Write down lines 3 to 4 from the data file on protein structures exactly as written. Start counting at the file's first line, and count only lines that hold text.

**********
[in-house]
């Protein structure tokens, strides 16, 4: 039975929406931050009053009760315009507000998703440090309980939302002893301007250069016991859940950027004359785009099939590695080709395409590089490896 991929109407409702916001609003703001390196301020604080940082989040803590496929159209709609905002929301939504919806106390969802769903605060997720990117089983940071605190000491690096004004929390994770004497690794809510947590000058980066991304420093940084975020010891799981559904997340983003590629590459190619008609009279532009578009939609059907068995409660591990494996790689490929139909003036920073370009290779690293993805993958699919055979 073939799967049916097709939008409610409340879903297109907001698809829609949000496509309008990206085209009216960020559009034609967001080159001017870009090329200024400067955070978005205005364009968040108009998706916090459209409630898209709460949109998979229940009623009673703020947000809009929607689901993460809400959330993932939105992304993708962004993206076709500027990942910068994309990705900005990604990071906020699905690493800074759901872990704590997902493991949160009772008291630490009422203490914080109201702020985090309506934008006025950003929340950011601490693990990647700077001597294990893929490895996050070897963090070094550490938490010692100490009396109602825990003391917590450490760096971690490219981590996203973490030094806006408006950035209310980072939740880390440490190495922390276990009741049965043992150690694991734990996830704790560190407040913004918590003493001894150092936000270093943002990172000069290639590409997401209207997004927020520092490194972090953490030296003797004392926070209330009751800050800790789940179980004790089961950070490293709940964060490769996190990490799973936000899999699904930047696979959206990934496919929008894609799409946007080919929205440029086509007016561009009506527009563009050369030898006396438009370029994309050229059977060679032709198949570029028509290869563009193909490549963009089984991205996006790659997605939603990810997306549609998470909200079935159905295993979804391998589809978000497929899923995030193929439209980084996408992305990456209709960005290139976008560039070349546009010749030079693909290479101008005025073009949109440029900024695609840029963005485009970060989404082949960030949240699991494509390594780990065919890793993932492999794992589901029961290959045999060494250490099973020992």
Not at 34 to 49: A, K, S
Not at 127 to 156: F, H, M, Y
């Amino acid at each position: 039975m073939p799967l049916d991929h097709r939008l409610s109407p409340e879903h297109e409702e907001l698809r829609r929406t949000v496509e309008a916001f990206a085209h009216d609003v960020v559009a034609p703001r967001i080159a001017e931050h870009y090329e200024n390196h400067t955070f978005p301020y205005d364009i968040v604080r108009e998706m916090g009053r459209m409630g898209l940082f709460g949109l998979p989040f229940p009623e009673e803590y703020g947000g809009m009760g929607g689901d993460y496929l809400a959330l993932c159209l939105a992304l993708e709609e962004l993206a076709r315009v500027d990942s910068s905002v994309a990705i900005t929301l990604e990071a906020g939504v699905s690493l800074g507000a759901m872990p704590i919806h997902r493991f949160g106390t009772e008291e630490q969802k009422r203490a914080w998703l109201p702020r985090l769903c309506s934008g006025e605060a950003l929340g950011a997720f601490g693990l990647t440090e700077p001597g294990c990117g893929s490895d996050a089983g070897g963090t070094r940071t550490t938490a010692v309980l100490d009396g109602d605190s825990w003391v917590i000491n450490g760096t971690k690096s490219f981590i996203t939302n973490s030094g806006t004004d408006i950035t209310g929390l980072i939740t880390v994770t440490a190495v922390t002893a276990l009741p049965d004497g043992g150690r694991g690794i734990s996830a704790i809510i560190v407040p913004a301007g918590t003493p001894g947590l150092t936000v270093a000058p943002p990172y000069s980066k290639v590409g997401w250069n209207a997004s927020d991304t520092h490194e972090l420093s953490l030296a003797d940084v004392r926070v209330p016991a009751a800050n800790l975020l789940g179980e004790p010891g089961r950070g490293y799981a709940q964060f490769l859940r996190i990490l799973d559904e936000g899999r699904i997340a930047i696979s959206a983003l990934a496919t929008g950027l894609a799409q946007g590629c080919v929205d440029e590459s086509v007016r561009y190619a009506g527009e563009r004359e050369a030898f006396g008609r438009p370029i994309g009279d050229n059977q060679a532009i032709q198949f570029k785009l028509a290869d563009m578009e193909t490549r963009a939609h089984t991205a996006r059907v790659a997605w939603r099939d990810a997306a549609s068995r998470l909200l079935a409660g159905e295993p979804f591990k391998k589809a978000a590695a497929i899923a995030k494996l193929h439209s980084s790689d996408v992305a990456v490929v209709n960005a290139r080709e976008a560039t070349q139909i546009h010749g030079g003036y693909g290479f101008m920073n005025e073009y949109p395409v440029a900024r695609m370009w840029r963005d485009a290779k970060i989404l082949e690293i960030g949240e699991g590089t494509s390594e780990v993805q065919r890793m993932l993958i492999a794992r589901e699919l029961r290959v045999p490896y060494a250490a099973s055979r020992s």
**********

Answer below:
Not at 34 to 49: A, K, S
Not at 127 to 156: F, H, M, Y